More than “Jungleland,” the thing that really caught my eye in the Gothenburg show (and pre-show soundcheck) was that Bruce was giving another try to “Frankie.”
He’s had a complicated history with the song ever since it debuted on the final leg of the Born to Run tour in 1976. It was recorded during the Darkness sessions but went unused, having much more in common with the lost fourth album than the released version of Darkness. Rerecorded in its definitive form during the Born in the USA sessions, it remained in the vault until the release of “Tracks,” although being considered (losing out to “Murder Incorporated”) as an option for the “Greatest Hits” album.
These series of events (the song being considered for three different albums) certainly suggests an affinity towards the song from Bruce, but sadly, its live performance history has been somewhat checkered.
It was tried live for the first time in years during the Reunion tour in New Jersey: it was night 13 (August 9, 1999) of the 15-night stand, played in the wildcard spot in the setlist in the show, after “Tenth Avenue Freeze-Out.” Things started out promisingly but by the time the band reached the bridge, the playing was a bit heavy handed, and descended into trainwreck territory by the time they reached the instrumental coda. Reports from the show indicated that the crowd, save the hardcore fans, were lost to the significance of the song’s reappearance in the set. Audio can be heard here: (link to YouTube).
After exactly one performance on the Reunion tour, “Frankie” returned for exactly one performance on the Rising tour. Its second appearance, on September 7, 2003 at Fenway Park went a bit better, helped in part by several soundcheck performances. Things still weren’t quite right, however, as the band notably flubbed the opening, with Bruce and Danny not playing in sync with each other for the introductory organ/guitar line. Bruce’s vocal delivery wasn’t the greatest here, and I think Bruce oversang it. The instrumental coda flowed pretty well but Clarence’s solo wasn’t his finest moment. Bringing the song back to the introductory riff gave it a clean ending but also truncated the best part of the song.
Bruce tried the song on piano a few times during the Devils and Dust tour, and in its solo-piano debut in Milwaukee on August 7, 2005, Bruce provided probably his best vocal and harmonica performance of the song. His piano skills were sufficient only to get through the verses, though, and he ended things quickly, rather than including the instrumental portion at the end. Bruce even commented that “I can’t guarantee I get through it without any mistakes, so any mistakes are intentional.” A subsequent performance, captured on video (link) from the Meadowlands on November 17, 2005 shows him rushing through the performance, and singing it in what I’d call a lackadaisical manner. Whether disinterest or self-consciousness of his piano skills, this performance could charitably be described as “not very fulfilling.”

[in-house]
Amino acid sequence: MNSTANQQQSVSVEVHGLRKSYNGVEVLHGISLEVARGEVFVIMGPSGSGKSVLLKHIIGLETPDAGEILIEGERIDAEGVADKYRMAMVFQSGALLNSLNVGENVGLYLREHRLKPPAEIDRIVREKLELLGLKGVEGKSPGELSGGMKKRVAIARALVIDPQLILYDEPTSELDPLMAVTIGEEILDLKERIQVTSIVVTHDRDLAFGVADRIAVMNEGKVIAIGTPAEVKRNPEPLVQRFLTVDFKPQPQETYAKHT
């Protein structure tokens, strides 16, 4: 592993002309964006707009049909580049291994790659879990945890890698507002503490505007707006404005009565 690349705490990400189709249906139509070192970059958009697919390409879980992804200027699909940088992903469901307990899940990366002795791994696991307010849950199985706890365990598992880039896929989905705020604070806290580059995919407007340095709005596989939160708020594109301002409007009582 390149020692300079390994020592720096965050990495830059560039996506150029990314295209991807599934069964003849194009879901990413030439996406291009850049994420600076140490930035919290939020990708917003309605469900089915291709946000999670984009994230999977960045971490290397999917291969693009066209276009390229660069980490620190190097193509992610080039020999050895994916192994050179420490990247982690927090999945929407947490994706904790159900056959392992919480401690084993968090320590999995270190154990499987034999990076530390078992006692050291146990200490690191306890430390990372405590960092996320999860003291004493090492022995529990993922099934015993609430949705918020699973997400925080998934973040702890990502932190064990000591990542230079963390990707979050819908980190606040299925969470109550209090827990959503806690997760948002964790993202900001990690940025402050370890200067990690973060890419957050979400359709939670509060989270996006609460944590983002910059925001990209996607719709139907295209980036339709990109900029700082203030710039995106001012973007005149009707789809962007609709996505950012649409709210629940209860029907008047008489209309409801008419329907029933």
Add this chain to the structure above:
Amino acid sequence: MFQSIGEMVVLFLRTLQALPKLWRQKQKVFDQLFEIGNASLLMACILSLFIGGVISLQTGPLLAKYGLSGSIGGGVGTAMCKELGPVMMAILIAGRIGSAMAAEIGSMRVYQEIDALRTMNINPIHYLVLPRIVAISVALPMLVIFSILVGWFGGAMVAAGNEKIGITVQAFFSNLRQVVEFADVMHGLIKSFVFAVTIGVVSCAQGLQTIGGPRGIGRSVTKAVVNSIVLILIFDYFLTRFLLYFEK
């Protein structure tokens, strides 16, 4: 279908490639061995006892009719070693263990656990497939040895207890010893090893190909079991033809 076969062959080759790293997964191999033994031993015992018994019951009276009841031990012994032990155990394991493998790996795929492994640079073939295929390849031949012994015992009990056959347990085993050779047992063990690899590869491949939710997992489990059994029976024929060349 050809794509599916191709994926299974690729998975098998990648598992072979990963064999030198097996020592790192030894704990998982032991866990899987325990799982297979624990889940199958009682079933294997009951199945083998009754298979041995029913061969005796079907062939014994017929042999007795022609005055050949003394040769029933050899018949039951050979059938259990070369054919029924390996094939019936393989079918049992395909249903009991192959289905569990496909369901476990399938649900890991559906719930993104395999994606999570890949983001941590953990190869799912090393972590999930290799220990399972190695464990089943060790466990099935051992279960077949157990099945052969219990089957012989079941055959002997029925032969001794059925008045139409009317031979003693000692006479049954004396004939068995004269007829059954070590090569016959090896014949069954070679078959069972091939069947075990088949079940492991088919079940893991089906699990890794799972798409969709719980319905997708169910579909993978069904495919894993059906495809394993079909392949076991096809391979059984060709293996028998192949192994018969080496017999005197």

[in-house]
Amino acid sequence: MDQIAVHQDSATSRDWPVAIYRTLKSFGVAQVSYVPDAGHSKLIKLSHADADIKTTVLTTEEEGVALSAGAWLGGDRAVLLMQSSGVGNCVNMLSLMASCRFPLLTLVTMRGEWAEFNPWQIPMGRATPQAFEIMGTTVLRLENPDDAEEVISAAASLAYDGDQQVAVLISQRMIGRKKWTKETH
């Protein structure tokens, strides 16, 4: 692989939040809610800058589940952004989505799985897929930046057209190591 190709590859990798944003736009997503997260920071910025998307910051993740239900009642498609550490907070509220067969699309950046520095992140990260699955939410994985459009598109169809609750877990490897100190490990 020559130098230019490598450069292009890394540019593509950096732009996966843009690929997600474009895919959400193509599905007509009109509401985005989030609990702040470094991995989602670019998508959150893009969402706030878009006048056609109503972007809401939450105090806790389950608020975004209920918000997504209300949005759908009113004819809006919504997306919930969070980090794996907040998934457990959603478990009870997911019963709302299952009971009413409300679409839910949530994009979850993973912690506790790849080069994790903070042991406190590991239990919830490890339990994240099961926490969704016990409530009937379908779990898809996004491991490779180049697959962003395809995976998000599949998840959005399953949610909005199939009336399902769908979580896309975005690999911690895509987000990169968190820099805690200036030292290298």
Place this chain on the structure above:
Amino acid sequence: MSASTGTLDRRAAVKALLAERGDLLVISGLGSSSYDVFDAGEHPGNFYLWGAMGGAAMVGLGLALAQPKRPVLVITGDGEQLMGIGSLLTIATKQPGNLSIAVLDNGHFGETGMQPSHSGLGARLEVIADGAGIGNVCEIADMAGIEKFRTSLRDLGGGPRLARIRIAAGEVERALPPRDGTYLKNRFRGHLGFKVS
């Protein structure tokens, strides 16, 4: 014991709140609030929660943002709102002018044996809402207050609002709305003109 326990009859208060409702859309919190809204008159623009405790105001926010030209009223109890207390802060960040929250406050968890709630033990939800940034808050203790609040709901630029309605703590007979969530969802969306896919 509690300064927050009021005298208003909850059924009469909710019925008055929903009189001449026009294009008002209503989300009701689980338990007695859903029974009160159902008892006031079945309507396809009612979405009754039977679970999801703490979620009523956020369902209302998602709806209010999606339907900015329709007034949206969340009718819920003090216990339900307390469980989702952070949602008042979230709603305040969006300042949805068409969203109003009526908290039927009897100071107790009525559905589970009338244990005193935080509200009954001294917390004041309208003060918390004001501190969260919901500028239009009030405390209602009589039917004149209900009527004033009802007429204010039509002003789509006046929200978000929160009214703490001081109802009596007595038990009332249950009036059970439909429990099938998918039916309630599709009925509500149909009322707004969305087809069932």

Almost seven years later, “Frankie” reappeared on Saturday night in Gothenburg. Video can be seen here: (link). It was soundchecked again before the show, and this time Bruce tried a rearrangement, adding a violin part for Soozie at the beginning of the song. The mid-song story telling was distracting in my opinion, but save that, there’s no denying that from the beginning to the end, this was the best performance in totality.
Unfortunately, neither Gothenburg nor any of the other performances can compare to the studio version. The last two minutes of that song, with the interplay between the piano, guitar, drums and saxophone is, according to a description I once read, “the E Street Band playing like an orchestra.” The precision of the solo has never been effectively replicated live (even when Bruce tried omitting the sax part altogether, as he did in Gothenburg, replacing it with a guitar part). Perhaps it’s just not meant to be. This doesn’t mean I don’t want Bruce to keep trying though.
For me, “Frankie” is the clear #1 on the list of songs that have never been able to be performed live better than they were in their studio incarnation. The balance of the list:
#5: Jackson Cage
I never understood why he dropped the harmonica part from the bridge.
In fairness, Bruce never tried to perform a version in the album arrangement, with the organ line and percussion that added the mystical effect to the song. There was definitely power in the acoustic duet between Bruce and Patti but that was something he’d tried the two tours previous (“Mansion on the Hill,” “Empty Sky”) and seemed like taking the easy way out in 2007. With a little more rehearsal, the album arrangement could’ve worked live.
#3: Worlds Apart
On the studio cut, the drum machine kept the tempo moving. Live performances of the song were great in their own way but the piped-in vocals were troublesome and the various different parts played by the band didn’t coalesce as well as they should have.
#2: Pink Cadillac
A casualty of the size of the band, unfortunately. The dirty groove captured when just Bruce, Garry and Max were playing is lost with all of the extra players.